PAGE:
**balance moon stone**

A
space traveler about to leave for the moon has a spring balance and a 1.0 kg
mass A, which when hung on the balance on the Earth gives the reading of 9.8
newtons. Arriving at the moon at a place where the acceleration of gravity is
not known exactly but has a value of about 1/6 the acceleration of gravity at
the Earth's surface, he picks up a stone B which gives a reading of 9.8 newtons
when weighed on the spring balance. He then hangs A and B over a pulley as shown
in the figure and observes that B falls with an acceleration of 1.2 m s^{–2
}. What is the mass of stone B?

__Solution by Michael A. Gottlieb__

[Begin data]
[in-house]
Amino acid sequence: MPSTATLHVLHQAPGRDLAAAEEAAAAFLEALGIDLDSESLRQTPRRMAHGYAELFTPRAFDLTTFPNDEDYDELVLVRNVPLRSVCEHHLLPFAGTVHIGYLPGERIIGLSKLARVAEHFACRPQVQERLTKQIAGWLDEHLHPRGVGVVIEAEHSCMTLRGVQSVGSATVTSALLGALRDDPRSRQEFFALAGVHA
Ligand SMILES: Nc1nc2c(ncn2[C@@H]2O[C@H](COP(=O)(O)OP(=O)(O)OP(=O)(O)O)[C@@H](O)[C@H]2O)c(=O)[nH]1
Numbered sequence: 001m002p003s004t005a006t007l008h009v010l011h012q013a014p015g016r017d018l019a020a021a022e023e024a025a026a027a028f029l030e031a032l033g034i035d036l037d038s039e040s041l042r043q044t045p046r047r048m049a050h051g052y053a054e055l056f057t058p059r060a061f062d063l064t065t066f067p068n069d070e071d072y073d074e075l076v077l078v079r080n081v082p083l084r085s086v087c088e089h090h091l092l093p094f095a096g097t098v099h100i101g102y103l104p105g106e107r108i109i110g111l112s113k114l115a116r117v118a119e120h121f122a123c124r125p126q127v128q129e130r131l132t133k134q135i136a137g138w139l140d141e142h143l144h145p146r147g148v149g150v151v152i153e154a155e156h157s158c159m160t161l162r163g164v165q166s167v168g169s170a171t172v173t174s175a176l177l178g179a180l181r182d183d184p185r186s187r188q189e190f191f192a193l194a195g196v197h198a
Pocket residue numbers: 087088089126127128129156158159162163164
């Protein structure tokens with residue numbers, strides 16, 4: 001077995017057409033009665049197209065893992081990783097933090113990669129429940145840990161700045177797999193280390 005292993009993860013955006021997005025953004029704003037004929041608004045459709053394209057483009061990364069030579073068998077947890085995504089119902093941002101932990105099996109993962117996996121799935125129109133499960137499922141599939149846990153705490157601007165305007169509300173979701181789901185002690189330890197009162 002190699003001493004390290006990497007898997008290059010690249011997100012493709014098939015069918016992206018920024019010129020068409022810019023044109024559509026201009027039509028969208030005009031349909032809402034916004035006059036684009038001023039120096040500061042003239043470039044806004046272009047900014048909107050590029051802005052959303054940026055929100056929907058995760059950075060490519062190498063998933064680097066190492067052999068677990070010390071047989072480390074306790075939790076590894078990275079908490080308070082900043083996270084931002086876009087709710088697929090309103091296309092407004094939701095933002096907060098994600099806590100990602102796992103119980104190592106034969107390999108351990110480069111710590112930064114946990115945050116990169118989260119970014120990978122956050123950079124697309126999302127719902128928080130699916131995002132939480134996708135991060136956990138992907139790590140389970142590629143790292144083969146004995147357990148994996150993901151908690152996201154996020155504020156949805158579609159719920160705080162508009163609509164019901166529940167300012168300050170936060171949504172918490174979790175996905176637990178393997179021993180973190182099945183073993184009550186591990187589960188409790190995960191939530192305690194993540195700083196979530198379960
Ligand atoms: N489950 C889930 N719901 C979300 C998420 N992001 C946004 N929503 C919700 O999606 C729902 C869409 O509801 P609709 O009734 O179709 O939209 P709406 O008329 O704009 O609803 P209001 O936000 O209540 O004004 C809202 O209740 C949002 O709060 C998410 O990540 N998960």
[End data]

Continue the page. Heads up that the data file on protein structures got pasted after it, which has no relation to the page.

Let g_{E }= acceleration of gravity on the earth = 9.81 m s^{–2}g_{M}= acceleration of gravity on the moon ≈ g_{E }/ 6, m_{A}= mass of stone A = 1.0 kg, m_{B}= mass of stone B, a = acceleration of stones hung in pulley on moon = 1.2 m s^{–2}.

Stones A and B and the pulley form an
Atwood's Machine for which

a = [ (m_{B} - m_{A}) / (m_{B}
+ m_{A}) ] g_{M} . (1)

Stone B on the moon gives the same scale reading as a 1 Kg stone on Earth, so

g_{M}*m_{B} = 9.81.
(2)

Substituting m_{B} =
9.81/g_M into (1) yields a quadratic equation in g_{M},

g_{M}^{2} - 8.61 g_{M} +
11.772 = 0,

which has one solution close to g_{E }/ 6, namely g_{M}
= 1.7048. Substituting this value into (2) gives m_{B} = 5.75434
and rounding to two significant digits (as per the spring balance readings and
the acceleration) gives

m_{B} ≈ 5.8.